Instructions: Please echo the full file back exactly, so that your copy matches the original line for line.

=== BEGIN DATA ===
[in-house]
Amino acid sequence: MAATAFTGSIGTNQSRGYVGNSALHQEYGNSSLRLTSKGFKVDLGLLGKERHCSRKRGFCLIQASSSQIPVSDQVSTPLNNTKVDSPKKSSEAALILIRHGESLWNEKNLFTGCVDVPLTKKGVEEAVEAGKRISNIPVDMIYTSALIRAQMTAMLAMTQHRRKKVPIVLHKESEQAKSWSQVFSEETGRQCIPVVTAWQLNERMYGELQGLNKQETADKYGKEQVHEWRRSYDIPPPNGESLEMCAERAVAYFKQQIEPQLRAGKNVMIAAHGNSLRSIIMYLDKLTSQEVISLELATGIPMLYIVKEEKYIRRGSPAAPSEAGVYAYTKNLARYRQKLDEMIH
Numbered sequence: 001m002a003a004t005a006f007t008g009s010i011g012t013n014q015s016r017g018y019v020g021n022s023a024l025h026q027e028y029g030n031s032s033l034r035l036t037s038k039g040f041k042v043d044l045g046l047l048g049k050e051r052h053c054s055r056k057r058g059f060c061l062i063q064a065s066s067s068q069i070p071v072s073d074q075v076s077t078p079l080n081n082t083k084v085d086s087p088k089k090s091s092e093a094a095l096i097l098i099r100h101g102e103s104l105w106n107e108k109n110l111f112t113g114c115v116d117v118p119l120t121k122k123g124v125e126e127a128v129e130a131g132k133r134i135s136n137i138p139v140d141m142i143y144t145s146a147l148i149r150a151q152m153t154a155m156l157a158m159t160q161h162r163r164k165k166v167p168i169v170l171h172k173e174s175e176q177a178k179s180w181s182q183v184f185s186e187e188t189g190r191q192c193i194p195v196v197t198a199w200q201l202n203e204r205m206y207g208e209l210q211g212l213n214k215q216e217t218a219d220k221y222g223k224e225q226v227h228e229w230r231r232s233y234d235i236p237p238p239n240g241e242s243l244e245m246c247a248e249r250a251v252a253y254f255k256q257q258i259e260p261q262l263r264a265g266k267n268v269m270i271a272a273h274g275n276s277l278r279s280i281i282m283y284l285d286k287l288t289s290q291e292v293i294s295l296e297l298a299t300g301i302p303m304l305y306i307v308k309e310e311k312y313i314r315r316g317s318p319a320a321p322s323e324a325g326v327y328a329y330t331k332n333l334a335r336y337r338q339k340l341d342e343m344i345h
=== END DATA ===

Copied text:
[in-house]
Amino acid sequence: MAATAFTGSIGTNQSRGYVGNSALHQEYGNSSLRLTSKGFKVDLGLLGKERHCSRKRGFCLIQASSSQIPVSDQVSTPLNNTKVDSPKKSSEAALILIRHGESLWNEKNLFTGCVDVPLTKKGVEEAVEAGKRISNIPVDMIYTSALIRAQMTAMLAMTQHRRKKVPIVLHKESEQAKSWSQVFSEETGRQCIPVVTAWQLNERMYGELQGLNKQETADKYGKEQVHEWRRSYDIPPPNGESLEMCAERAVAYFKQQIEPQLRAGKNVMIAAHGNSLRSIIMYLDKLTSQEVISLELATGIPMLYIVKEEKYIRRGSPAAPSEAGVYAYTKNLARYRQKLDEMIH
Numbered sequence: 001m002a003a004t005a006f007t008g009s010i011g012t013n014q015s016r017g018y019v020g021n022s023a024l025h026q027e028y029g030n031s032s033l034r035l036t037s038k039g040f041k042v043d044l045g046l047l048g049k050e051r052h053c054s055r056k057r058g059f060c061l062i063q064a065s066s067s068q069i070p071v072s073d074q075v076s077t078p079l080n081n082t083k084v085d086s087p088k089k090s091s092e093a094a095l096i097l098i099r100h101g102e103s104l105w106n107e108k109n110l111f112t113g114c115v116d117v118p119l120t121k122k123g124v125e126e127a128v129e130a131g132k133r134i135s136n137i138p139v140d141m142i143y144t145s146a147l148i149r150a151q152m153t154a155m156l157a158m159t160q161h162r163r164k165k166v167p168i169v170l171h172k173e174s175e176q177a178k179s180w181s182q183v184f185s186e187e188t189g190r191q192c193i194p195v196v197t198a199w200q201l202n203e204r205m206y207g208e209l210q211g212l213n214k215q216e217t218a219d220k221y222g223k224e225q226v227h228e229w230r231r232s233y234d235i236p237p238p239n240g241e242s243l244e245m246c247a248e249r250a251v252a253y254f255k256q257q258i259e260p261q262l263r264a265g266k267n268v269m270i271a272a273h274g275n276s277l278r279s280i281i282m283y284l285d286k287l288t289s290q291e292v293i294s295l296e297l298a299t300g301i302p303m304l305y306i307v308k309e310e311k312y313i314r315r316g317s318p319a320a321p322s323e324a325g326v327y328a329y330t331k332n333l334a335r336y337r338q339k340l341d342e343m344i345h